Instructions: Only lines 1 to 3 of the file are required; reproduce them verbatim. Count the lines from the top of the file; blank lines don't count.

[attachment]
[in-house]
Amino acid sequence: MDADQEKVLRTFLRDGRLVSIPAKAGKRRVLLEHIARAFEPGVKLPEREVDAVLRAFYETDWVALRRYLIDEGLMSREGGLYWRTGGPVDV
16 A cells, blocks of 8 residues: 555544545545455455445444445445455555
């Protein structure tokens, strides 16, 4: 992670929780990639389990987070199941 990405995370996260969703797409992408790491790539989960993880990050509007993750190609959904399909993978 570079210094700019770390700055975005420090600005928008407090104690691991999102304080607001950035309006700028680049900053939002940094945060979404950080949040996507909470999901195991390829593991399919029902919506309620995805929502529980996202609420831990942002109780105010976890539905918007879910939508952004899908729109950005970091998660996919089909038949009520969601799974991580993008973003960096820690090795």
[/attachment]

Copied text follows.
[in-house]
Amino acid sequence: MDADQEKVLRTFLRDGRLVSIPAKAGKRRVLLEHIARAFEPGVKLPEREVDAVLRAFYETDWVALRRYLIDEGLMSREGGLYWRTGGPVDV
16 A cells, blocks of 8 residues: 555544545545455455445444445445455555